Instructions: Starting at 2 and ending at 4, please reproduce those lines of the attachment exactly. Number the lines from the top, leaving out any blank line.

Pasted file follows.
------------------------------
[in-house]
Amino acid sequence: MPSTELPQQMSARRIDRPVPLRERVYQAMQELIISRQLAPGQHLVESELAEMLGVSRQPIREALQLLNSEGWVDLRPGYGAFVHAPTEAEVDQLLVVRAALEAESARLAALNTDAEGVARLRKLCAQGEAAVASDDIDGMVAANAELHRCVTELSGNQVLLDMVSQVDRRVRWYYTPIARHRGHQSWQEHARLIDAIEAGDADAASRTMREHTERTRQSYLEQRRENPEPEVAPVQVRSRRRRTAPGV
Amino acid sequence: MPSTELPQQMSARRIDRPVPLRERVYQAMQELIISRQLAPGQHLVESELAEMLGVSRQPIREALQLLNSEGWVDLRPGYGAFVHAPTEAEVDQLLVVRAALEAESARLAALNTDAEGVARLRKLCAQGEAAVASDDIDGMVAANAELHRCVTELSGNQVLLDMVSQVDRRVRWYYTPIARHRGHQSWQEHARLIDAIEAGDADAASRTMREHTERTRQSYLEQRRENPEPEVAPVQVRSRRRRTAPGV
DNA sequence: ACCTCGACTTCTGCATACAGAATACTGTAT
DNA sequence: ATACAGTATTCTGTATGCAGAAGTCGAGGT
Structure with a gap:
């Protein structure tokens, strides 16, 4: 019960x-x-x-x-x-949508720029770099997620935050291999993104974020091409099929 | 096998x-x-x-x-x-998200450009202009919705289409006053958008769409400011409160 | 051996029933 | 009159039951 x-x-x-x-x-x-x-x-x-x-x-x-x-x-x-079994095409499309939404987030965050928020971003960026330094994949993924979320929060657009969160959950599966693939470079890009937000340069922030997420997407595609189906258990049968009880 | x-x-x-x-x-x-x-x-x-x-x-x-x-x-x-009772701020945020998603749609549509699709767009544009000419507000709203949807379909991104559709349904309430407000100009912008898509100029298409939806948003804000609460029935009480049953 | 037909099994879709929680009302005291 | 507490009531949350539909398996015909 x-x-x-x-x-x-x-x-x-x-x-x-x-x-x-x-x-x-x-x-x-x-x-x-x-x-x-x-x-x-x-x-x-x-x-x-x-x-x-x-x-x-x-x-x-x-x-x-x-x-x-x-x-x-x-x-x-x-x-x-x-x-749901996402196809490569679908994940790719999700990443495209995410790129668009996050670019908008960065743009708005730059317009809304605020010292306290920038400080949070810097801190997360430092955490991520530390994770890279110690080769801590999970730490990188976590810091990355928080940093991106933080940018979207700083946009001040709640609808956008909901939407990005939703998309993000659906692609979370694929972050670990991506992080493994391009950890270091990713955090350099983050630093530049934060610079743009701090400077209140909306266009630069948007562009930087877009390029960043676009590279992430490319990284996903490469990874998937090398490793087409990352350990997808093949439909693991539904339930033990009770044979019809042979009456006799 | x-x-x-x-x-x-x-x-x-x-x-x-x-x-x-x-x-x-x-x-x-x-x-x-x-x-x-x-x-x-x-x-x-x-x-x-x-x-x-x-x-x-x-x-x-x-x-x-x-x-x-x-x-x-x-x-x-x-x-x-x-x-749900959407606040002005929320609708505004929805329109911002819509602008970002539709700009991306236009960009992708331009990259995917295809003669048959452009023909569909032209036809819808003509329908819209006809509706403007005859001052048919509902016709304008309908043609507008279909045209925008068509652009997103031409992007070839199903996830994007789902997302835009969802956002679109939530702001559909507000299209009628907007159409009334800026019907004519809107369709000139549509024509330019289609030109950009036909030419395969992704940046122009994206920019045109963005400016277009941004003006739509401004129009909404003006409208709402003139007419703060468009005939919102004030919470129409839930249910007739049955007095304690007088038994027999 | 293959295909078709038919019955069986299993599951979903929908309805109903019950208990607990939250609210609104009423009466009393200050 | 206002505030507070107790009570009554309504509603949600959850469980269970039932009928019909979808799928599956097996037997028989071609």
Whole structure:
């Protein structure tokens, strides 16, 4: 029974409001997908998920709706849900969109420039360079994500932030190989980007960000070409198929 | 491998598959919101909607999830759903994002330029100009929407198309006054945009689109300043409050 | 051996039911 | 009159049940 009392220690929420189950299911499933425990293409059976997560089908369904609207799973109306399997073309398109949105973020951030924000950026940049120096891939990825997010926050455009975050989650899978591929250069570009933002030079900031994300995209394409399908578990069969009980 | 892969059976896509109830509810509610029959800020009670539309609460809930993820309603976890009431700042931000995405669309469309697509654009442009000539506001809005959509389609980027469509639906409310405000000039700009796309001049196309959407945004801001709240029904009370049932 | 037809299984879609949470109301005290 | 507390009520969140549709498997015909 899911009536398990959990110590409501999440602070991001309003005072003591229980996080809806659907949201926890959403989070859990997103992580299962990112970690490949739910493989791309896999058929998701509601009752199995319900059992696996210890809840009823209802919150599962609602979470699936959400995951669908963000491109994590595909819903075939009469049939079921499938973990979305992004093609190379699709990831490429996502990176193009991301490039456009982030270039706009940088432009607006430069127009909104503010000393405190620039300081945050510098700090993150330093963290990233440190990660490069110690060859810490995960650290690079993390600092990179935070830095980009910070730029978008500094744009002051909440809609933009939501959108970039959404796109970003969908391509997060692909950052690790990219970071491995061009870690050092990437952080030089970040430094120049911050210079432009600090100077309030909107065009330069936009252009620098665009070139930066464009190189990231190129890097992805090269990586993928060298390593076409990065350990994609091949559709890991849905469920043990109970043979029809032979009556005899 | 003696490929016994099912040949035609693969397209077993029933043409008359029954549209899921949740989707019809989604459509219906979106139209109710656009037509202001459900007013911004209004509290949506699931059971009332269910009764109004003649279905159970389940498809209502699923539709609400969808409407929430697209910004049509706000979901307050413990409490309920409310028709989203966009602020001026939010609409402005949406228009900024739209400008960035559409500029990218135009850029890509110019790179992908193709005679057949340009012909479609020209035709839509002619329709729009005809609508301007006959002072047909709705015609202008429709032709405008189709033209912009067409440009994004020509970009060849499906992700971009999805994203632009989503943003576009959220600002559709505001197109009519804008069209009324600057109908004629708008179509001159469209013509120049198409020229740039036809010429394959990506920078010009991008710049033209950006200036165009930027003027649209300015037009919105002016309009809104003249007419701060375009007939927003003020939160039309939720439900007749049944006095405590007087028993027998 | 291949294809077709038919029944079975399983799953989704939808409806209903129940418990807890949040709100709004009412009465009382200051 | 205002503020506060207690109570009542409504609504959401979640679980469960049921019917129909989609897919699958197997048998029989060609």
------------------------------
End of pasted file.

Amino acid sequence: MPSTELPQQMSARRIDRPVPLRERVYQAMQELIISRQLAPGQHLVESELAEMLGVSRQPIREALQLLNSEGWVDLRPGYGAFVHAPTEAEVDQLLVVRAALEAESARLAALNTDAEGVARLRKLCAQGEAAVASDDIDGMVAANAELHRCVTELSGNQVLLDMVSQVDRRVRWYYTPIARHRGHQSWQEHARLIDAIEAGDADAASRTMREHTERTRQSYLEQRRENPEPEVAPVQVRSRRRRTAPGV
Amino acid sequence: MPSTELPQQMSARRIDRPVPLRERVYQAMQELIISRQLAPGQHLVESELAEMLGVSRQPIREALQLLNSEGWVDLRPGYGAFVHAPTEAEVDQLLVVRAALEAESARLAALNTDAEGVARLRKLCAQGEAAVASDDIDGMVAANAELHRCVTELSGNQVLLDMVSQVDRRVRWYYTPIARHRGHQSWQEHARLIDAIEAGDADAASRTMREHTERTRQSYLEQRRENPEPEVAPVQVRSRRRRTAPGV
DNA sequence: ACCTCGACTTCTGCATACAGAATACTGTAT